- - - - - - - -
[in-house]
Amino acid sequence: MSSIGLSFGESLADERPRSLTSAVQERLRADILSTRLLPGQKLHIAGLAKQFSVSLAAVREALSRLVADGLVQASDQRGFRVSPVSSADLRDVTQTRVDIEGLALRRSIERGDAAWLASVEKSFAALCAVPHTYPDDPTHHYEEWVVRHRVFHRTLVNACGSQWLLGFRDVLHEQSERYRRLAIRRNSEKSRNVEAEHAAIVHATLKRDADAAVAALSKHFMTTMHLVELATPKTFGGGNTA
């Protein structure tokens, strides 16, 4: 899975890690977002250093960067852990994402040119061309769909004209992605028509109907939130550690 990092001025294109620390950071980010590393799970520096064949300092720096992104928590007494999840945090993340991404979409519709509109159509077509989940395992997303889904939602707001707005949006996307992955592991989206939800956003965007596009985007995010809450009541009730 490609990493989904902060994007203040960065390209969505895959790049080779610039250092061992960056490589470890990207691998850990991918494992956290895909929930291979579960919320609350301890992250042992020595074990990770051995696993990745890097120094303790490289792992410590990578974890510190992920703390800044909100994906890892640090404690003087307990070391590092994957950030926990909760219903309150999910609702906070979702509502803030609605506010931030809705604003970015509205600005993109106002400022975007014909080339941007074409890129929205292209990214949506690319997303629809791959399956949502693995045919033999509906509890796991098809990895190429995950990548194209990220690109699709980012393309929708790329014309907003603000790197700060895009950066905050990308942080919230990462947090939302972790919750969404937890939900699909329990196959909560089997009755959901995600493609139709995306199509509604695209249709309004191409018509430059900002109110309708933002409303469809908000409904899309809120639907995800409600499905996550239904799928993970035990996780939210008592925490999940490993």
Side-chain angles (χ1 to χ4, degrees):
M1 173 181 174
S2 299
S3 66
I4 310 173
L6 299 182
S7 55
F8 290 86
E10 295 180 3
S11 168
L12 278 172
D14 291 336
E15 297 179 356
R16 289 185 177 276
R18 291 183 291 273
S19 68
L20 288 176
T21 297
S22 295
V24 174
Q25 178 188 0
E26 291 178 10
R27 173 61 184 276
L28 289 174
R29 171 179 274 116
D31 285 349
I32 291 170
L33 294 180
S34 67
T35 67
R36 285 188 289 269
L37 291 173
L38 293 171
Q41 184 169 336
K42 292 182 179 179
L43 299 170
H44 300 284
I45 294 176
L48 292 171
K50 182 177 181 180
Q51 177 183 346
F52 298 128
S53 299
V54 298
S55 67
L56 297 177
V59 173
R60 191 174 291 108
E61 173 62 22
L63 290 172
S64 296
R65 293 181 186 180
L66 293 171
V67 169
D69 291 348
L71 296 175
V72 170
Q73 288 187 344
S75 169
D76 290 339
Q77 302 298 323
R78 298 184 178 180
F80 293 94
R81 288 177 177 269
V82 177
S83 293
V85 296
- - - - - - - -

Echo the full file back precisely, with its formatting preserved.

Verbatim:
[in-house]
Amino acid sequence: MSSIGLSFGESLADERPRSLTSAVQERLRADILSTRLLPGQKLHIAGLAKQFSVSLAAVREALSRLVADGLVQASDQRGFRVSPVSSADLRDVTQTRVDIEGLALRRSIERGDAAWLASVEKSFAALCAVPHTYPDDPTHHYEEWVVRHRVFHRTLVNACGSQWLLGFRDVLHEQSERYRRLAIRRNSEKSRNVEAEHAAIVHATLKRDADAAVAALSKHFMTTMHLVELATPKTFGGGNTA
């Protein structure tokens, strides 16, 4: 899975890690977002250093960067852990994402040119061309769909004209992605028509109907939130550690 990092001025294109620390950071980010590393799970520096064949300092720096992104928590007494999840945090993340991404979409519709509109159509077509989940395992997303889904939602707001707005949006996307992955592991989206939800956003965007596009985007995010809450009541009730 490609990493989904902060994007203040960065390209969505895959790049080779610039250092061992960056490589470890990207691998850990991918494992956290895909929930291979579960919320609350301890992250042992020595074990990770051995696993990745890097120094303790490289792992410590990578974890510190992920703390800044909100994906890892640090404690003087307990070391590092994957950030926990909760219903309150999910609702906070979702509502803030609605506010931030809705604003970015509205600005993109106002400022975007014909080339941007074409890129929205292209990214949506690319997303629809791959399956949502693995045919033999509906509890796991098809990895190429995950990548194209990220690109699709980012393309929708790329014309907003603000790197700060895009950066905050990308942080919230990462947090939302972790919750969404937890939900699909329990196959909560089997009755959901995600493609139709995306199509509604695209249709309004191409018509430059900002109110309708933002409303469809908000409904899309809120639907995800409600499905996550239904799928993970035990996780939210008592925490999940490993």
Side-chain angles (χ1 to χ4, degrees):
M1 173 181 174
S2 299
S3 66
I4 310 173
L6 299 182
S7 55
F8 290 86
E10 295 180 3
S11 168
L12 278 172
D14 291 336
E15 297 179 356
R16 289 185 177 276
R18 291 183 291 273
S19 68
L20 288 176
T21 297
S22 295
V24 174
Q25 178 188 0
E26 291 178 10
R27 173 61 184 276
L28 289 174
R29 171 179 274 116
D31 285 349
I32 291 170
L33 294 180
S34 67
T35 67
R36 285 188 289 269
L37 291 173
L38 293 171
Q41 184 169 336
K42 292 182 179 179
L43 299 170
H44 300 284
I45 294 176
L48 292 171
K50 182 177 181 180
Q51 177 183 346
F52 298 128
S53 299
V54 298
S55 67
L56 297 177
V59 173
R60 191 174 291 108
E61 173 62 22
L63 290 172
S64 296
R65 293 181 186 180
L66 293 171
V67 169
D69 291 348
L71 296 175
V72 170
Q73 288 187 344
S75 169
D76 290 339
Q77 302 298 323
R78 298 184 178 180
F80 293 94
R81 288 177 177 269
V82 177
S83 293
V85 296